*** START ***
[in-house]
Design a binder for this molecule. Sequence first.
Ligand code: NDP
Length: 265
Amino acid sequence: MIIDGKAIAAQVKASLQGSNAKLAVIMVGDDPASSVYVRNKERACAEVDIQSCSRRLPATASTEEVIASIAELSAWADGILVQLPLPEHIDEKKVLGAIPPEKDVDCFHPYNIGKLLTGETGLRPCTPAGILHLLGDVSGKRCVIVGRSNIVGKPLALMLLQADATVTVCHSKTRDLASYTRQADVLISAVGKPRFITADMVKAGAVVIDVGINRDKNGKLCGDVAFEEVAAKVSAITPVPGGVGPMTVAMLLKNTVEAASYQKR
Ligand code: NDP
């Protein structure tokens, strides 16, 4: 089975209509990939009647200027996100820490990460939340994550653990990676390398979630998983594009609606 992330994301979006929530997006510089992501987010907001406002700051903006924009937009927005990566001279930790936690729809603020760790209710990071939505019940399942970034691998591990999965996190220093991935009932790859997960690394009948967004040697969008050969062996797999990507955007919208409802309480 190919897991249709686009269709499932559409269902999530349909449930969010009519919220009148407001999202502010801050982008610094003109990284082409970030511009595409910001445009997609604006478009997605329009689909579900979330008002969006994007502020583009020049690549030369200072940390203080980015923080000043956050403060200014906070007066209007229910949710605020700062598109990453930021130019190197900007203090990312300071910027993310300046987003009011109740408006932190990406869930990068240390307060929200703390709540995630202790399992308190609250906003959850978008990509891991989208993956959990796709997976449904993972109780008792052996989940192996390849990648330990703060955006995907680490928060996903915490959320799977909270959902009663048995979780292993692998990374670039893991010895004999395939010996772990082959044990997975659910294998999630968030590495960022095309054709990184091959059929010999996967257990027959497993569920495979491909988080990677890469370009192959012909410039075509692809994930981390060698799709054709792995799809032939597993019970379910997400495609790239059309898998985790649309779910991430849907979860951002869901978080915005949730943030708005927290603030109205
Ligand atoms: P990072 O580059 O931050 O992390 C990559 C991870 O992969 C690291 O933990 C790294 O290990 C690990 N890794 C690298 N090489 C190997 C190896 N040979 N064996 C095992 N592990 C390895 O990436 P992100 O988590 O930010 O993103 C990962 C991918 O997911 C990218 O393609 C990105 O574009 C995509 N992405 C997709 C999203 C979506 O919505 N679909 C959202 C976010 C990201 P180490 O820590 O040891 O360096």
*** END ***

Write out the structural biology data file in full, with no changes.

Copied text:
[in-house]
Design a binder for this molecule. Sequence first.
Ligand code: NDP
Length: 265
Amino acid sequence: MIIDGKAIAAQVKASLQGSNAKLAVIMVGDDPASSVYVRNKERACAEVDIQSCSRRLPATASTEEVIASIAELSAWADGILVQLPLPEHIDEKKVLGAIPPEKDVDCFHPYNIGKLLTGETGLRPCTPAGILHLLGDVSGKRCVIVGRSNIVGKPLALMLLQADATVTVCHSKTRDLASYTRQADVLISAVGKPRFITADMVKAGAVVIDVGINRDKNGKLCGDVAFEEVAAKVSAITPVPGGVGPMTVAMLLKNTVEAASYQKR
Ligand code: NDP
């Protein structure tokens, strides 16, 4: 089975209509990939009647200027996100820490990460939340994550653990990676390398979630998983594009609606 992330994301979006929530997006510089992501987010907001406002700051903006924009937009927005990566001279930790936690729809603020760790209710990071939505019940399942970034691998591990999965996190220093991935009932790859997960690394009948967004040697969008050969062996797999990507955007919208409802309480 190919897991249709686009269709499932559409269902999530349909449930969010009519919220009148407001999202502010801050982008610094003109990284082409970030511009595409910001445009997609604006478009997605329009689909579900979330008002969006994007502020583009020049690549030369200072940390203080980015923080000043956050403060200014906070007066209007229910949710605020700062598109990453930021130019190197900007203090990312300071910027993310300046987003009011109740408006932190990406869930990068240390307060929200703390709540995630202790399992308190609250906003959850978008990509891991989208993956959990796709997976449904993972109780008792052996989940192996390849990648330990703060955006995907680490928060996903915490959320799977909270959902009663048995979780292993692998990374670039893991010895004999395939010996772990082959044990997975659910294998999630968030590495960022095309054709990184091959059929010999996967257990027959497993569920495979491909988080990677890469370009192959012909410039075509692809994930981390060698799709054709792995799809032939597993019970379910997400495609790239059309898998985790649309779910991430849907979860951002869901978080915005949730943030708005927290603030109205
Ligand atoms: P990072 O580059 O931050 O992390 C990559 C991870 O992969 C690291 O933990 C790294 O290990 C690990 N890794 C690298 N090489 C190997 C190896 N040979 N064996 C095992 N592990 C390895 O990436 P992100 O988590 O930010 O993103 C990962 C991918 O997911 C990218 O393609 C990105 O574009 C995509 N992405 C997709 C999203 C979506 O919505 N679909 C959202 C976010 C990201 P180490 O820590 O040891 O360096």